By Louis Ibah
Bi-Courtney Aviation Services Limited (BASL) has decried the refusal of the Nigerian Civil Aviation Authority (NCAA) and the Federal Airports Authority of Nigeria (FAAN) to grant it the nod to operate regional flights out of the Murtala Muhammed Airport Two (MMA2), Ikeja, Lagos, despite making the requisite investments and meeting all the regulatory conditions for such operations.
The company has also flayed the decision of FAAN to continue to operate domestic flights out of the General Aviation Terminal (GAT) of the Murtala Muhammed Airport (also known as the MMA1) in deviance to the terms of the concession it entered with the Federal Government for the operations of domestic flights out of Lagos State.
Chairman/CEO of Bi-Courtney Aviation Services Limited, Dr. Wale Babalakin, who stated this at an event to mark the 10th year of the Federal Government’s concessioning of the domestic wing of the Murtala Muhammed Airport Lagos to BASL, said the breach of the contract had cost the firm a loss of over N200 billion.
Babalakin said BASL commenced operations on May 7, 2007 with Chanchangi Airlines being the first commercial flight to fly out of the MMA2, an airport it built following a 35-year concession deal signed by former President Olusegun Obasanjo.
He also debunked claims it was indebted to the Asset Management Corporation of Nigeria (AMCON). “We owe no dime to AMCON,” said Babalakin who explained that it was the Federal Government that owed the firm as a result of the breach of the concession contract. He said as a result of this contract breach and the attendant losses, a Federal High Court in Lagos, in 2012, had ruled that the government had violated its agreement and awarded damages to the tune of about N132 billion. He said the government was yet to pay the damages despite losing in its appeals at the Appeal and Supreme courts.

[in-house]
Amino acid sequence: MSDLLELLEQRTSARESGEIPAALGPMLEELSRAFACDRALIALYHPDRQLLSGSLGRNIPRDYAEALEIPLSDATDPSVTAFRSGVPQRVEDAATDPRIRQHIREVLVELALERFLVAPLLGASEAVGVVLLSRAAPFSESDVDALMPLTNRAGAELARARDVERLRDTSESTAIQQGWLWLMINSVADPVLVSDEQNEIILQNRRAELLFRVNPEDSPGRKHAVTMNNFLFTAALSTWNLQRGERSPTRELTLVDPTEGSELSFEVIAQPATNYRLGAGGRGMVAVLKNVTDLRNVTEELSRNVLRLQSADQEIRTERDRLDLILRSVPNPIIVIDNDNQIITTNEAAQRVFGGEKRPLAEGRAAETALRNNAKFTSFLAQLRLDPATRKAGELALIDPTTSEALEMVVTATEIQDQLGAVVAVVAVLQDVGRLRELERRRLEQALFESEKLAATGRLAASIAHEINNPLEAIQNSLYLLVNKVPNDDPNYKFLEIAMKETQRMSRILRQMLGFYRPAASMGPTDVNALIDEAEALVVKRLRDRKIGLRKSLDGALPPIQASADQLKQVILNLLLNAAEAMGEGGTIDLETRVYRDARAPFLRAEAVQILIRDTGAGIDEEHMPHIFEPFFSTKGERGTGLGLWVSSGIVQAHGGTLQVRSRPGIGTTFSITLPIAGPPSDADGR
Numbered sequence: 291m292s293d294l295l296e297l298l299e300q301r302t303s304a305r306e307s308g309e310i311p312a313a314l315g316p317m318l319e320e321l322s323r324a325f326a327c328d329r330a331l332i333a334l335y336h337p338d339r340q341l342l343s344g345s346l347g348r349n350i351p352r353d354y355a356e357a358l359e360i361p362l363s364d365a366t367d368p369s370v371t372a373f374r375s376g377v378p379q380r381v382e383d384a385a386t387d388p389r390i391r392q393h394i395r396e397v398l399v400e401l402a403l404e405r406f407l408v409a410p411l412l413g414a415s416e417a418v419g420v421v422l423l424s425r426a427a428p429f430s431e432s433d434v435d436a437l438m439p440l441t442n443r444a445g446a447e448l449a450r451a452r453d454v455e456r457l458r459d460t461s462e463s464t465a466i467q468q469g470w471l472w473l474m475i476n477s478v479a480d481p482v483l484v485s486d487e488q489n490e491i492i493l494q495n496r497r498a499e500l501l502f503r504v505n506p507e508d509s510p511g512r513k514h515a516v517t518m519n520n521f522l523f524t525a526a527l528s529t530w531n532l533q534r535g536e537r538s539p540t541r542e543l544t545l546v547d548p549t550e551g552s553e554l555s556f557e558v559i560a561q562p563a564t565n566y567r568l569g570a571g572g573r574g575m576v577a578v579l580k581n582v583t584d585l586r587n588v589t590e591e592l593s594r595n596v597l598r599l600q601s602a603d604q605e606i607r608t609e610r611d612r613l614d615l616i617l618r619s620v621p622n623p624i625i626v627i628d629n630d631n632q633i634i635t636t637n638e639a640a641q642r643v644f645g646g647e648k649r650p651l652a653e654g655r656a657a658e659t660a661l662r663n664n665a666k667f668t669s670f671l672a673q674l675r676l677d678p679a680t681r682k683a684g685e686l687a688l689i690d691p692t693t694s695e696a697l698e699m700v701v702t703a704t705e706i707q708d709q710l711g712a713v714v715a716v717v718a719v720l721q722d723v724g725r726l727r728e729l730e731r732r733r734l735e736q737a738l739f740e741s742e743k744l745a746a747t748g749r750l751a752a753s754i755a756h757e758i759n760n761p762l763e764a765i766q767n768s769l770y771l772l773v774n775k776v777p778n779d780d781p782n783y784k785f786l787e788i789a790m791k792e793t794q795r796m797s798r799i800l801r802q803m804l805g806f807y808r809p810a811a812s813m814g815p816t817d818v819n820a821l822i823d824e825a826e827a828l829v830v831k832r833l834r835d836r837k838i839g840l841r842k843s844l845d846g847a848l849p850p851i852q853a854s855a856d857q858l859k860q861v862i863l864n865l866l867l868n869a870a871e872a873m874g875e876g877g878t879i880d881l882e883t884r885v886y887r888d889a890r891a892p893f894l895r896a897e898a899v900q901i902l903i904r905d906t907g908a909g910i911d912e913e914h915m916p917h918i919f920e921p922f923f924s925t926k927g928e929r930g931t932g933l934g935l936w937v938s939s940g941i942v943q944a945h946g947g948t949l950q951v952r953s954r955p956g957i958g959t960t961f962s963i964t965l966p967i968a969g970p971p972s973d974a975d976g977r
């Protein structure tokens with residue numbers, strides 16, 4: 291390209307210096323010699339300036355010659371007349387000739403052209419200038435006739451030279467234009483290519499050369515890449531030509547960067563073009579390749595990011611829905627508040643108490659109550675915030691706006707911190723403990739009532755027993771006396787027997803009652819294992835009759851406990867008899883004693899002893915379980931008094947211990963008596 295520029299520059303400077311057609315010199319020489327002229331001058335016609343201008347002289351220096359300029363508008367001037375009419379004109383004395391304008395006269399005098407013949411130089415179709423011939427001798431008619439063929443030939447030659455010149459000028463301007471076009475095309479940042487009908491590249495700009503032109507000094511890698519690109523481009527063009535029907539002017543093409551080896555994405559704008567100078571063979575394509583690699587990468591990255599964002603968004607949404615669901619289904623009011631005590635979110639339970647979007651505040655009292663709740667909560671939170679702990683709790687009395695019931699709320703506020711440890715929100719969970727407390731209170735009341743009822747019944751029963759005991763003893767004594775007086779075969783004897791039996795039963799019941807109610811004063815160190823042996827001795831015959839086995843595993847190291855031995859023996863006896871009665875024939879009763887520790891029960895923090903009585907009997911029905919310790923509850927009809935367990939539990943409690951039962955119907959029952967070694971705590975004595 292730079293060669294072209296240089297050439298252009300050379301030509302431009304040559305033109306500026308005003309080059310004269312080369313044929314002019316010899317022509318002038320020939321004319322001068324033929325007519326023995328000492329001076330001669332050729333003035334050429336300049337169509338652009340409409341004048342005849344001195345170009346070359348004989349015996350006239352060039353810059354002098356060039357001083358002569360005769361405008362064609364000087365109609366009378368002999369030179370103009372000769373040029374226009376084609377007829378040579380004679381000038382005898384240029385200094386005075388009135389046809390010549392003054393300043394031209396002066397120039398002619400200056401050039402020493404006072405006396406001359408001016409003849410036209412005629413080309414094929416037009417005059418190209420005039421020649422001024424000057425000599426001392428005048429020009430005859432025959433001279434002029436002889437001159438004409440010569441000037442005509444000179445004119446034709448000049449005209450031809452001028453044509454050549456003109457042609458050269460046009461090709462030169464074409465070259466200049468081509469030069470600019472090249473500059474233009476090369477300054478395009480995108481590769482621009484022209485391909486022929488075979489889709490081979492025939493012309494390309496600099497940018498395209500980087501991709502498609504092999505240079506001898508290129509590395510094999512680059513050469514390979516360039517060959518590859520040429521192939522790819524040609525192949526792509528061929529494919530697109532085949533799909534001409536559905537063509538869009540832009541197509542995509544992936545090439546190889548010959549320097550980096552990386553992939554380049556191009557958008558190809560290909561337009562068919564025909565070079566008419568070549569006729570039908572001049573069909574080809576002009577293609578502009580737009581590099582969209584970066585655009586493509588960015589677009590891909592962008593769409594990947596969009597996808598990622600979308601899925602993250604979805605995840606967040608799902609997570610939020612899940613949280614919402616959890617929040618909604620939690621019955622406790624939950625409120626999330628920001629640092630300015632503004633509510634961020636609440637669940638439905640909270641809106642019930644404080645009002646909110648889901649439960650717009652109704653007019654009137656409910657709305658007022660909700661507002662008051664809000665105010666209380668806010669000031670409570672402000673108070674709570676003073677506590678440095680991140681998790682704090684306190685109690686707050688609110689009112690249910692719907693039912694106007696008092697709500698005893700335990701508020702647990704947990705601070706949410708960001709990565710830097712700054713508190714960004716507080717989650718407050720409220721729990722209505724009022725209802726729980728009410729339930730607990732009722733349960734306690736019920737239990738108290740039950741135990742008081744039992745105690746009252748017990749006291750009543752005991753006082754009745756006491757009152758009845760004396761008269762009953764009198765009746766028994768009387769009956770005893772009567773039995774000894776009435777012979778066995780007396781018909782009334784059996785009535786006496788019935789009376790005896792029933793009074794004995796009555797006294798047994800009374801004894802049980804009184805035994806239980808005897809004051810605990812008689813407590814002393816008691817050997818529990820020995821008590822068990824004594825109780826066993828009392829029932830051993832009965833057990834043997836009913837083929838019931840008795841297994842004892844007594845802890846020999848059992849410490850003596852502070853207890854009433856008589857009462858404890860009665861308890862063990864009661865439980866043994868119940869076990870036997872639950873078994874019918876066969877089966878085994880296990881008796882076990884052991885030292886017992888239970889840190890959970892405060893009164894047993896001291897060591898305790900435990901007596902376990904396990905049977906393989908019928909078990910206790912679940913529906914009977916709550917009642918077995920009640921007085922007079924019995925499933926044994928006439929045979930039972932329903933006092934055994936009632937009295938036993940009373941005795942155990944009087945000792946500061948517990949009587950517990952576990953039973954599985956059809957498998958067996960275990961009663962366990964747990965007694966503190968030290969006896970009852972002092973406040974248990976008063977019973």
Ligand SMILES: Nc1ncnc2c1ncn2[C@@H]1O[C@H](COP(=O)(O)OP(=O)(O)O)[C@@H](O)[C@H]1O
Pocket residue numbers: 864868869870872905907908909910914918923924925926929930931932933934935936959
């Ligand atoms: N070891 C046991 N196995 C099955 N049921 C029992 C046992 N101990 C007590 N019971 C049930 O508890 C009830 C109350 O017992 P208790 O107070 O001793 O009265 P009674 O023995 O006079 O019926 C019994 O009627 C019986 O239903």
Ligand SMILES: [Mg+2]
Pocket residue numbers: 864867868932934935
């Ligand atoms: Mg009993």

Babalakin puts the total losses the firm had incurred in the last 10 years under the concession at over N200 billion, noting that even if it were to ask AMCON to take away the N100 billion it alleges BASL owed, the government would still be indebted to the firm to the tune of over N100 billion.
He said a hard lesson had been learnt and that while the company was open to dialogue to resolve the crisis, the way forward was for the government to respect contracts it signs with private firms at all times if it must attract private sector investment into the country.
Babalakin lauded the management and staff of the company for working hard to deliver quality services to airlines and passengers who use the MMA2, noting that the firm had been unable to declare any profit in the last 10 years of operations due to the hostile operating environment.